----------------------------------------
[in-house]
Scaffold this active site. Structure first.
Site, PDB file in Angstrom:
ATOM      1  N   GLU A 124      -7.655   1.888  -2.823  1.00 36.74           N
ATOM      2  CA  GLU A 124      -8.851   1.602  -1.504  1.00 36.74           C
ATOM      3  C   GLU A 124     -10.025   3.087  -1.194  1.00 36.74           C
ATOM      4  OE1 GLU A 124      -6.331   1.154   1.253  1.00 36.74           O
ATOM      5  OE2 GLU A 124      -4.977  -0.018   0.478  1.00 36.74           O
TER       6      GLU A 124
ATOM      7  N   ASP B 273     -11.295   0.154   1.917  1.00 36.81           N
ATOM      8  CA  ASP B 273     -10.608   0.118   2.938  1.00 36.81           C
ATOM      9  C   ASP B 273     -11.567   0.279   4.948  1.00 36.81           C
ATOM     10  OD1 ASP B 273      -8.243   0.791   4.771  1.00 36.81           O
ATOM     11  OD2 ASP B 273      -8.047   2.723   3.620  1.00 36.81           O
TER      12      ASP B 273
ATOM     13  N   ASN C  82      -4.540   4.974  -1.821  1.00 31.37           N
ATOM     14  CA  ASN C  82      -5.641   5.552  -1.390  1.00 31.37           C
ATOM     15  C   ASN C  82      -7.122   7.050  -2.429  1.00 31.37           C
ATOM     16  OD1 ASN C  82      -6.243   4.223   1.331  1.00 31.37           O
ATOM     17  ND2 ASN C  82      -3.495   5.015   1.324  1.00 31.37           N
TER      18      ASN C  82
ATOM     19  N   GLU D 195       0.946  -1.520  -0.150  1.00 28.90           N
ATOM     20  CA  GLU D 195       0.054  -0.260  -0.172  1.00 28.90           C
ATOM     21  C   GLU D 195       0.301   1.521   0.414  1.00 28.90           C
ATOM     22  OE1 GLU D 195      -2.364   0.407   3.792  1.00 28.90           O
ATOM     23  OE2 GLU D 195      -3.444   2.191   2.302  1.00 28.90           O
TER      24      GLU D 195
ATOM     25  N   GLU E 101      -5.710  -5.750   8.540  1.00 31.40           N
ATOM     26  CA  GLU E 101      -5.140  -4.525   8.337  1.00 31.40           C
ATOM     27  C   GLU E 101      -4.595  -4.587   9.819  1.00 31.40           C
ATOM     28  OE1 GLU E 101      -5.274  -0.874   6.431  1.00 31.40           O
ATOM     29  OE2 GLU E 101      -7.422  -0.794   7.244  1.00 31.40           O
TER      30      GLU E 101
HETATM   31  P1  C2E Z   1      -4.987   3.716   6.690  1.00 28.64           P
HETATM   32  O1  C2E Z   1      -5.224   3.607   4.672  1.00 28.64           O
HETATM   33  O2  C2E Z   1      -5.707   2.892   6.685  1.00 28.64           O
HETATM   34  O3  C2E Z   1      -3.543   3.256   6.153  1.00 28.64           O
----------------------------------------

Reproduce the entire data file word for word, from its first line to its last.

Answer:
[in-house]
Scaffold this active site. Structure first.
Site, PDB file in Angstrom:
ATOM      1  N   GLU A 124      -7.655   1.888  -2.823  1.00 36.74           N
ATOM      2  CA  GLU A 124      -8.851   1.602  -1.504  1.00 36.74           C
ATOM      3  C   GLU A 124     -10.025   3.087  -1.194  1.00 36.74           C
ATOM      4  OE1 GLU A 124      -6.331   1.154   1.253  1.00 36.74           O
ATOM      5  OE2 GLU A 124      -4.977  -0.018   0.478  1.00 36.74           O
TER       6      GLU A 124
ATOM      7  N   ASP B 273     -11.295   0.154   1.917  1.00 36.81           N
ATOM      8  CA  ASP B 273     -10.608   0.118   2.938  1.00 36.81           C
ATOM      9  C   ASP B 273     -11.567   0.279   4.948  1.00 36.81           C
ATOM     10  OD1 ASP B 273      -8.243   0.791   4.771  1.00 36.81           O
ATOM     11  OD2 ASP B 273      -8.047   2.723   3.620  1.00 36.81           O
TER      12      ASP B 273
ATOM     13  N   ASN C  82      -4.540   4.974  -1.821  1.00 31.37           N
ATOM     14  CA  ASN C  82      -5.641   5.552  -1.390  1.00 31.37           C
ATOM     15  C   ASN C  82      -7.122   7.050  -2.429  1.00 31.37           C
ATOM     16  OD1 ASN C  82      -6.243   4.223   1.331  1.00 31.37           O
ATOM     17  ND2 ASN C  82      -3.495   5.015   1.324  1.00 31.37           N
TER      18      ASN C  82
ATOM     19  N   GLU D 195       0.946  -1.520  -0.150  1.00 28.90           N
ATOM     20  CA  GLU D 195       0.054  -0.260  -0.172  1.00 28.90           C
ATOM     21  C   GLU D 195       0.301   1.521   0.414  1.00 28.90           C
ATOM     22  OE1 GLU D 195      -2.364   0.407   3.792  1.00 28.90           O
ATOM     23  OE2 GLU D 195      -3.444   2.191   2.302  1.00 28.90           O
TER      24      GLU D 195
ATOM     25  N   GLU E 101      -5.710  -5.750   8.540  1.00 31.40           N
ATOM     26  CA  GLU E 101      -5.140  -4.525   8.337  1.00 31.40           C
ATOM     27  C   GLU E 101      -4.595  -4.587   9.819  1.00 31.40           C
ATOM     28  OE1 GLU E 101      -5.274  -0.874   6.431  1.00 31.40           O
ATOM     29  OE2 GLU E 101      -7.422  -0.794   7.244  1.00 31.40           O
TER      30      GLU E 101
HETATM   31  P1  C2E Z   1      -4.987   3.716   6.690  1.00 28.64           P
HETATM   32  O1  C2E Z   1      -5.224   3.607   4.672  1.00 28.64           O
HETATM   33  O2  C2E Z   1      -5.707   2.892   6.685  1.00 28.64           O
HETATM   34  O3  C2E Z   1      -3.543   3.256   6.153  1.00 28.64           O